The current structures reveal the first comparison between Ca2+-bound and Ca2+ -free scallop RD. The overall conformation of the Ca2+-free D19A-RD structure is similar to that observed in both the current and previous scallop Ca2+-RD and Ca2+-S1 crystal structures (Figure 1a)3; 4. By contrast to the previous crystallographic analyses of partially proteolyzed RD, however, the current experiments include the entire N-terminus of the RLC. The crystal structures show that the N-terminus of the RLC adopts extended, partially disordered, conformations which are different in the Ca2+ -bound and Ca2+ -free structures. It is difficult, however, to relate these differences simply to the state of the Ca2+ binding site. Although the overall conformations of the Ca2+ -RD and Ca2+ -free D19A-RD structures are similar, we observe a local change at the Ca2+ binding site (Figure 1a,c), which appears to weaken electrostatic interactions between the two light chains and suggests greater flexibility when Ca2+ is not bound.
In the Ca2+-RD structure, the Ca2+ ion is coordinated by seven oxygen ligands, in agreement with previous scallop RD crystal structures3; 4. These ligands include three main-chain carbonyls (ELC residues Asp19, Gly23, and Ala27), three side-chain carboxyl oxygen atoms (residues Asp19, Asp22, and Asp25), as well as one water molecule (Figure 1b). In the absence of Ca2+ (Figure 1c), there is no electron density for the water ligand. In addition, the Asp22 side-chain is turned away from the Ca2+ binding site. Unlike the Ca2+-RD structure, the electron density for ELC residue Gly23 in D19A-RD is difficult to interpret, but the carbonyl group clearly does not interact with the Ca2+ site and appears to have rotated away from it. Neighboring residue Arg24 is partially disordered. The side-chain of residue Asp25 now occupies two alternative conformations, one pointing toward the Ca2+ site and one pointing away from it. In preliminary studies, we crystallized wild-type RD in the presence of EGTA to remove Ca2+. Electron density could still be seen, however, at the Ca2+-binding site (results not shown), and we could not determine whether that density was the result of Ca2+ or water. The D19A-RD construct was designed to ensure that no cation is bound at this site (see Materials and Methods). Difference Fourier (Fo−Fc) electron density is still visible in the Ca2+ binding site of D19A-RD, although there are too few coordinating oxygen ligands to justify a Ca2+ atom at that position. An atom at that location can readily form hydrogen bonds with the carboxyl groups of Asp19 and Ala27. This Fo−Fc density vanishes if a water molecule is modeled into the site. Modeling Mg2+ or Ca2+, however, results in a negative density. Thus, the site is probably occupied by a structural water, not a cation. This finding agrees with the observation that D19A-RD has a pKca of about 4, compared to a value of about 6 for other scallop myosin S1 and RD constructs25; 26.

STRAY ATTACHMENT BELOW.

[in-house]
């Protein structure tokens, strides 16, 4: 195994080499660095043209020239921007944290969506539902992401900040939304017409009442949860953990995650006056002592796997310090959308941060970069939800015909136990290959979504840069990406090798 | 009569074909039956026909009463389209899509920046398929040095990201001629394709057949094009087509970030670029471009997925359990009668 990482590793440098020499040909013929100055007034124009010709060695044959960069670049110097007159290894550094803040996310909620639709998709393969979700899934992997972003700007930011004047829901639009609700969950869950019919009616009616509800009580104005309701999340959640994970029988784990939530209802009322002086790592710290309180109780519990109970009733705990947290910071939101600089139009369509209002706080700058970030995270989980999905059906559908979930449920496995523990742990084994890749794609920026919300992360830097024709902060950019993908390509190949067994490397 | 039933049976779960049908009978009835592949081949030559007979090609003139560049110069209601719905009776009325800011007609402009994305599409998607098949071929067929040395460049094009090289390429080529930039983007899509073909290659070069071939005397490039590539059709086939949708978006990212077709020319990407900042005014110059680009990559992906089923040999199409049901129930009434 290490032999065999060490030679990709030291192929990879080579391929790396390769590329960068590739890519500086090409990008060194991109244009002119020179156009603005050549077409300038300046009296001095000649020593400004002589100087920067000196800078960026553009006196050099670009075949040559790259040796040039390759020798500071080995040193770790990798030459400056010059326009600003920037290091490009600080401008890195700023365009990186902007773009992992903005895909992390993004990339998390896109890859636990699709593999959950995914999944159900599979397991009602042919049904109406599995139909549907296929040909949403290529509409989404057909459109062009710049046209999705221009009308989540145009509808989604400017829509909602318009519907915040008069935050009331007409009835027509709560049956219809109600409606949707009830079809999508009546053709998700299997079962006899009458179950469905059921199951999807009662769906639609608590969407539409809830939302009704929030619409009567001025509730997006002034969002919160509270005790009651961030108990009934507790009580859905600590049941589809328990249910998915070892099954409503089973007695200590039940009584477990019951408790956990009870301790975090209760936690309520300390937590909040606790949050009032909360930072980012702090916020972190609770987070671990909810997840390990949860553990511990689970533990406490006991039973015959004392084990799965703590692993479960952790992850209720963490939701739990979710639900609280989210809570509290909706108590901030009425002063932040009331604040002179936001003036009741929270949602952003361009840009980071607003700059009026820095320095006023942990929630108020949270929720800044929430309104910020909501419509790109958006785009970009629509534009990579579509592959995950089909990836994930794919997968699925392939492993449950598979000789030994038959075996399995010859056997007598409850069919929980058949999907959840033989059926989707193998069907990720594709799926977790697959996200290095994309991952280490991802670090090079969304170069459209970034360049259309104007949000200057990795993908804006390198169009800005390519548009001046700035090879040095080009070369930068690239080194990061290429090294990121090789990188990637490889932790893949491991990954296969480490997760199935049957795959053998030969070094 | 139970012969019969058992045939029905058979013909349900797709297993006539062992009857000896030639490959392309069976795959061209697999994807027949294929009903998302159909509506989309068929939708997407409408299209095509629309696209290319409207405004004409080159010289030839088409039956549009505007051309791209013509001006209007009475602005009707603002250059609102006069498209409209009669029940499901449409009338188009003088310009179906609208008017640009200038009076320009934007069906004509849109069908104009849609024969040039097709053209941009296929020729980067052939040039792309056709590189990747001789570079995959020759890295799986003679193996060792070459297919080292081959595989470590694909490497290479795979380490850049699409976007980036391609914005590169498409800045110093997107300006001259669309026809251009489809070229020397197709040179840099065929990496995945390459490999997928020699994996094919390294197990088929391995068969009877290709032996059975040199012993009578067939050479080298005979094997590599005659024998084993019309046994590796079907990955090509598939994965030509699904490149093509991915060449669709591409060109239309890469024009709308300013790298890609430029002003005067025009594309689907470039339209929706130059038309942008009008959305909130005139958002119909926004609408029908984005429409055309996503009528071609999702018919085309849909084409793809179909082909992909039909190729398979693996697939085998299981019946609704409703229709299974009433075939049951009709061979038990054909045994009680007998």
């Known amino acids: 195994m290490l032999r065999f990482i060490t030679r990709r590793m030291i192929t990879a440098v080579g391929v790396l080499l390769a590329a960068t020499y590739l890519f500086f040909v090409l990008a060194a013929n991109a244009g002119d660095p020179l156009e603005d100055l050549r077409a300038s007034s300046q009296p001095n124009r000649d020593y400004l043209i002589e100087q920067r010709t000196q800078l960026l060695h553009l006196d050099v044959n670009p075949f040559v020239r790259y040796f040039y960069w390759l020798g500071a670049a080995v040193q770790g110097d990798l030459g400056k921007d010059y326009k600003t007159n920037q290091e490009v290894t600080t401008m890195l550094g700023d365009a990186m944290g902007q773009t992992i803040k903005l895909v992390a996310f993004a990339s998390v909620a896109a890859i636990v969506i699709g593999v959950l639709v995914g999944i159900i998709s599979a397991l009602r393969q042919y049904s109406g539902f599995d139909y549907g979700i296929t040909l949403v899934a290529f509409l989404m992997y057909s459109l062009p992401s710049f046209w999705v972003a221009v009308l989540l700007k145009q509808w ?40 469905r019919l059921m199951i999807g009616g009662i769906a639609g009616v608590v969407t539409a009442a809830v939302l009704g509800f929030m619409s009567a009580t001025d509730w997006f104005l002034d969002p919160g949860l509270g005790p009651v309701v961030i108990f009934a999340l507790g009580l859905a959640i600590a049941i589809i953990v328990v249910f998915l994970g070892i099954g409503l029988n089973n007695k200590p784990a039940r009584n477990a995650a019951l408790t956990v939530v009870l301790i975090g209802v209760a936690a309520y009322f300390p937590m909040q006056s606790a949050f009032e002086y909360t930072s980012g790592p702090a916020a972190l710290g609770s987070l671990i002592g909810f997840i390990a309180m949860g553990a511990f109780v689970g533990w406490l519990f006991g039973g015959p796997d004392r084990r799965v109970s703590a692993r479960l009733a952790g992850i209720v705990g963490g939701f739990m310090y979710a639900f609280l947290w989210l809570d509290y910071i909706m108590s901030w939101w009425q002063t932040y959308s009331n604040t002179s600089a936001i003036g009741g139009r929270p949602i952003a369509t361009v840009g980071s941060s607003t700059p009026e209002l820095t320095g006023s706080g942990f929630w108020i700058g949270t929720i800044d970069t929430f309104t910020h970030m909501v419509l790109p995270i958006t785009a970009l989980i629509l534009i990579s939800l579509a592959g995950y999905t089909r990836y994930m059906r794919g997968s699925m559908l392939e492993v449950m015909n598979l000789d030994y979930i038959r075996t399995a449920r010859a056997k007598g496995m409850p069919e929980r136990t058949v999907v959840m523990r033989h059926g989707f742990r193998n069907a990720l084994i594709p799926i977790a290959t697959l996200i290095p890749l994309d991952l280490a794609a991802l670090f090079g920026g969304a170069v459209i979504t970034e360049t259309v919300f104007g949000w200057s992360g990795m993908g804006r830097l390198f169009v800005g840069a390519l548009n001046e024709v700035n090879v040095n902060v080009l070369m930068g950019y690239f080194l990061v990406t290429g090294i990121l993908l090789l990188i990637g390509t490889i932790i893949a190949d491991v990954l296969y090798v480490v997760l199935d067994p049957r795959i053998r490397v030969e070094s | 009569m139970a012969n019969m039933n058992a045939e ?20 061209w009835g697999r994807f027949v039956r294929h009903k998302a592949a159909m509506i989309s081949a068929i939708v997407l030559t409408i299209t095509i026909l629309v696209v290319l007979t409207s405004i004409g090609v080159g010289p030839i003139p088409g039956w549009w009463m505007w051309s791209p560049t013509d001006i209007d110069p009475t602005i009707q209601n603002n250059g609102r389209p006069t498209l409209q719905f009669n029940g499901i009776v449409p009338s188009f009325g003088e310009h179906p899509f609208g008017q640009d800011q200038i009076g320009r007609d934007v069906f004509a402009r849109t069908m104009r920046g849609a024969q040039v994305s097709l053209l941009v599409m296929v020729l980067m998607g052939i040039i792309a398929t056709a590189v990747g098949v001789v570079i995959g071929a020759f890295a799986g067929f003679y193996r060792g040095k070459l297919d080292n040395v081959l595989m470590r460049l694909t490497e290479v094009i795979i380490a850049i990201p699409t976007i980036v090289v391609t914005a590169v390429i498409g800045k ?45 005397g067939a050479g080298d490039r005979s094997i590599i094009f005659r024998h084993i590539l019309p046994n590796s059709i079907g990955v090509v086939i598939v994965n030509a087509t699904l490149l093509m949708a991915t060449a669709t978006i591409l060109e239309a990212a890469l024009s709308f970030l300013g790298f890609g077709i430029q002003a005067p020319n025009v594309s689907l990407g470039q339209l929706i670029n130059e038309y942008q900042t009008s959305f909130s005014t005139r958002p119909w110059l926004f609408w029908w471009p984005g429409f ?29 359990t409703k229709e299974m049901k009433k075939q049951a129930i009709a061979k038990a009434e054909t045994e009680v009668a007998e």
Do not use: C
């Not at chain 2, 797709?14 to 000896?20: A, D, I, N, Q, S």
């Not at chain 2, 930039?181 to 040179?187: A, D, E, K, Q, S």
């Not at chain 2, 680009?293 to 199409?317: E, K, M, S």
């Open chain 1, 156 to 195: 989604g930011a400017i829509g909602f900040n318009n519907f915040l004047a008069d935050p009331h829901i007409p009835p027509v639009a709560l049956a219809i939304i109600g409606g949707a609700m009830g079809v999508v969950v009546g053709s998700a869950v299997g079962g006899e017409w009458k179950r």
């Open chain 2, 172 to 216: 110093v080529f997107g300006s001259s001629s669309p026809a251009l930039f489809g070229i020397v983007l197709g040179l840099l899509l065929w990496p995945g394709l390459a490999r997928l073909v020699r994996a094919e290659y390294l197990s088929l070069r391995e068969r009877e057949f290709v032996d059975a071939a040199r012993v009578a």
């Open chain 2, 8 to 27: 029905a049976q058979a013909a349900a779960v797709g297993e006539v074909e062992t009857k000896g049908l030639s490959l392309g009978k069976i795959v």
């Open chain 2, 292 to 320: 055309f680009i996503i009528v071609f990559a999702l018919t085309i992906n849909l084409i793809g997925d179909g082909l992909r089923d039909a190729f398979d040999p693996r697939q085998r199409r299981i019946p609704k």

Compared to the Ca2+-RD coordinates, the D19A-RD coordinates suggest that removing the Ca2+ ion may increase mobility and weaken interactions at the ELC/RLC interface. The main-chain B-factors of ELC residues Asp22 to Gly26, comprising most of the Ca2+ binding loop, rise sharply compared to nearby residues (Figure 2) and spike at Arg24, an indication of high mobility. No such B-factor rise is seen in the equivalent residues of the Ca2+-RD structure.
Critical electrostatic interactions between the two light chains have been lessened in the Ca2+-free structure, particularly in the supporting "meshwork" near Gly23 and Asp19 which is vital for coordination of the Ca2+ ion3; 4 (Figure 3b,c). The main-chain hydrogen bond between ELC residue Arg24 and RLC residue Gly117 has broken, as have two hydrogen bonds between the side-chains of ELC residue Arg24 and RLC residue Asp118. Some interactions between the RLC and HC by the ELC/RLC interface have become stretched to distances of 3.1 Å or greater, and a hydrogen bond between RLC residue Leu113 and HC residue Gln812 has been broken (Figure 3b,c). The overall interactions between this ELC loop and the HC have remained intact, however, including a 3.5 Å hydrophobic contact between the Phe20 benzene ring and the side-chain of HC residue Arg805. Adjacent HC residues, Lys796 through Gln804, have no interactions with either light chain, suggesting that this region may become more flexible than surrounding regions of the HC in the absence of strong interactions between the ELC, RLC, and HC, as previously proposed3. Indeed, these residues have elevated B-factors only in the D19A-RD structure, but not in the Ca2+ -RD coordinates (Figure 2). This region is, in fact, precisely the location of a slight bend in the HC that brings the light chains close enough to interact. It is possible that the full range of HC flexibility cannot be visualized in the D19A-RD structure because of the stabilizing effects of crystal contacts, which are very similar to those of the Ca2+-RD structure. To summarize, in the Ca2+-free structure, interactions between the ELC, RLC, and HC are weak near the ion's binding site, and, as a result, the adjacent solvent-exposed region of the HC is likely to be significantly more flexible than in Ca2+-bound structures.